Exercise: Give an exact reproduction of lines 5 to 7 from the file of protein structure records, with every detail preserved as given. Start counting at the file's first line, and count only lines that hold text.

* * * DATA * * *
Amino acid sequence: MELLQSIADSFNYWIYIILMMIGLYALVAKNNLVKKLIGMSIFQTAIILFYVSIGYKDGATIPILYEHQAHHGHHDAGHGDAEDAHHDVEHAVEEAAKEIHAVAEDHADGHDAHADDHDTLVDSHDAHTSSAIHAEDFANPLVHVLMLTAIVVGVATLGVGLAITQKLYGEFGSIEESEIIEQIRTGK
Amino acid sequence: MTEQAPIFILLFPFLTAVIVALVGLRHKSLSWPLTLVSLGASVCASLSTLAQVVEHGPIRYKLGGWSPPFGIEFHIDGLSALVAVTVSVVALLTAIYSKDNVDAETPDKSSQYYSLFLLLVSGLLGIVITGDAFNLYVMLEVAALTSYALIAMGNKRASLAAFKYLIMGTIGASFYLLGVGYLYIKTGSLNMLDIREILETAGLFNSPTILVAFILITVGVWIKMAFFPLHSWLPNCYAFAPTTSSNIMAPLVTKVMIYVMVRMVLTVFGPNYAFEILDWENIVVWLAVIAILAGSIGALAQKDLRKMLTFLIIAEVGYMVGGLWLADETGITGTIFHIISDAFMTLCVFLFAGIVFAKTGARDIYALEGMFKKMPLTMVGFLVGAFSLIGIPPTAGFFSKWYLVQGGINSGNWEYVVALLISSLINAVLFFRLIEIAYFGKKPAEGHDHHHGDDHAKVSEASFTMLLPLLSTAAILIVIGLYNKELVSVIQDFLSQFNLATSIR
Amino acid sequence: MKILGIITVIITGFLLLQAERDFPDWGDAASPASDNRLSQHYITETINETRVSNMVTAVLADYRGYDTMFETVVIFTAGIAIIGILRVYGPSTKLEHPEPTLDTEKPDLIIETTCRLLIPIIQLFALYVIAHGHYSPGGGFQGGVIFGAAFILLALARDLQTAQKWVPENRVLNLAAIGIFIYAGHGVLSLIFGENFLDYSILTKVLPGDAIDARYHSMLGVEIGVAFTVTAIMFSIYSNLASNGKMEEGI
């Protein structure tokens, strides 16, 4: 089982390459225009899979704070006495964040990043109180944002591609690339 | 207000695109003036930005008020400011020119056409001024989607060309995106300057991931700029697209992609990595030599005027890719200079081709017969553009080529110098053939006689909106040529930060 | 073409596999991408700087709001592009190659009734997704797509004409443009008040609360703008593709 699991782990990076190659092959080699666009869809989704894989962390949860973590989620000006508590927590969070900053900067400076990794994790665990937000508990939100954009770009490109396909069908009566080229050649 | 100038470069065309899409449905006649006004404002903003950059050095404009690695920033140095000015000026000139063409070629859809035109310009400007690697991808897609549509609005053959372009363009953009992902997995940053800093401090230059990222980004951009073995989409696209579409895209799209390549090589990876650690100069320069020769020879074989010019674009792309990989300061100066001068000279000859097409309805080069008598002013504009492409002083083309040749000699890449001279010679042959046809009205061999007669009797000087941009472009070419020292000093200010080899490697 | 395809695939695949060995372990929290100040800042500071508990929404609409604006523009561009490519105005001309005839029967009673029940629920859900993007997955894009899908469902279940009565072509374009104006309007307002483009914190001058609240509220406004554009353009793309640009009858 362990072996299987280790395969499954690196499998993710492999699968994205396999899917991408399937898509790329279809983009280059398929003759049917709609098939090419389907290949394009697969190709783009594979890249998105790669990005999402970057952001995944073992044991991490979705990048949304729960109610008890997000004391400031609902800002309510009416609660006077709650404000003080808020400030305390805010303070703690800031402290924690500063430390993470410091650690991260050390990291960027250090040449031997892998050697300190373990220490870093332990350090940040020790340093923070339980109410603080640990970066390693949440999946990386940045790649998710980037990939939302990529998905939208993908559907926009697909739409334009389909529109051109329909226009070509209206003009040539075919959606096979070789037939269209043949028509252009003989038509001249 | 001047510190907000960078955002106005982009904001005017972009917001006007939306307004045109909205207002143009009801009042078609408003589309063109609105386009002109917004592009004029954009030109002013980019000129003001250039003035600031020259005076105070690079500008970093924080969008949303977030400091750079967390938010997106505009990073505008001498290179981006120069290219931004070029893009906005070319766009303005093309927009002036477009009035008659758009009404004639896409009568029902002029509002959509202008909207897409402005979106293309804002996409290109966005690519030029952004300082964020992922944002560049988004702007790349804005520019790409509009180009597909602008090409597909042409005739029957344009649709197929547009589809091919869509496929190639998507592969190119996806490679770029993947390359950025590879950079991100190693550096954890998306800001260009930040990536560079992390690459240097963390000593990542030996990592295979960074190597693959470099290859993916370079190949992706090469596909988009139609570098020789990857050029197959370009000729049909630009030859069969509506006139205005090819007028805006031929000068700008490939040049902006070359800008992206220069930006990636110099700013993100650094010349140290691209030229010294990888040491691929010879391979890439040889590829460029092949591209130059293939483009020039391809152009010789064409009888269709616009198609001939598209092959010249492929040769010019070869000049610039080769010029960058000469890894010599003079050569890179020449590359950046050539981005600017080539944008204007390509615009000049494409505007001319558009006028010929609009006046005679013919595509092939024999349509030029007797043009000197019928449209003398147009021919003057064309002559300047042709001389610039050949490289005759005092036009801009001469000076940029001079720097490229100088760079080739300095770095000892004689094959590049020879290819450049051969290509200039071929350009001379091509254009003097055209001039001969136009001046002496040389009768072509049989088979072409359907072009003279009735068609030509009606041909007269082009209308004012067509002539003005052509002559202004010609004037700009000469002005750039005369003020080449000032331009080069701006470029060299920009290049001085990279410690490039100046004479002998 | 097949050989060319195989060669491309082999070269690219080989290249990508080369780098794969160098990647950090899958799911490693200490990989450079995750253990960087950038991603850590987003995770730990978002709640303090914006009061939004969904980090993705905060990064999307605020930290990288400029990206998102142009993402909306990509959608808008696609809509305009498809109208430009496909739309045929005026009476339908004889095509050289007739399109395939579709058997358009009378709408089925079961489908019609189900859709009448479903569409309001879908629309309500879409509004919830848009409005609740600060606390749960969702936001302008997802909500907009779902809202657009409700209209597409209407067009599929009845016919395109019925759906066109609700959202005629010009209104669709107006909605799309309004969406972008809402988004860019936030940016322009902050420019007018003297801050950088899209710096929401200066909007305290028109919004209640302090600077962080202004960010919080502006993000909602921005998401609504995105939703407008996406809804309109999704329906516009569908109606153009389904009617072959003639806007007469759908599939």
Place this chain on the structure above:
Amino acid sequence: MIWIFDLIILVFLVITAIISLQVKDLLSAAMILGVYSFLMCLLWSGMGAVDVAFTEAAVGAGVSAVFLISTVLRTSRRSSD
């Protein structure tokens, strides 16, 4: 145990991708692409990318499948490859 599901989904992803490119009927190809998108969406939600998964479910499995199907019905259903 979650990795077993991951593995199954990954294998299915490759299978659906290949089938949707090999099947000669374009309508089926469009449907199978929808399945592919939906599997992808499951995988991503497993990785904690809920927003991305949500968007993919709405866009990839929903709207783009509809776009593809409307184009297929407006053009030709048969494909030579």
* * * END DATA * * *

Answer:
Place this chain on the structure above:
Amino acid sequence: MIWIFDLIILVFLVITAIISLQVKDLLSAAMILGVYSFLMCLLWSGMGAVDVAFTEAAVGAGVSAVFLISTVLRTSRRSSD
């Protein structure tokens, strides 16, 4: 145990991708692409990318499948490859 599901989904992803490119009927190809998108969406939600998964479910499995199907019905259903 979650990795077993991951593995199954990954294998299915490759299978659906290949089938949707090999099947000669374009309508089926469009449907199978929808399945592919939906599997992808499951995988991503497993990785904690809920927003991305949500968007993919709405866009990839929903709207783009509809776009593809409307184009297929407006053009030709048969494909030579």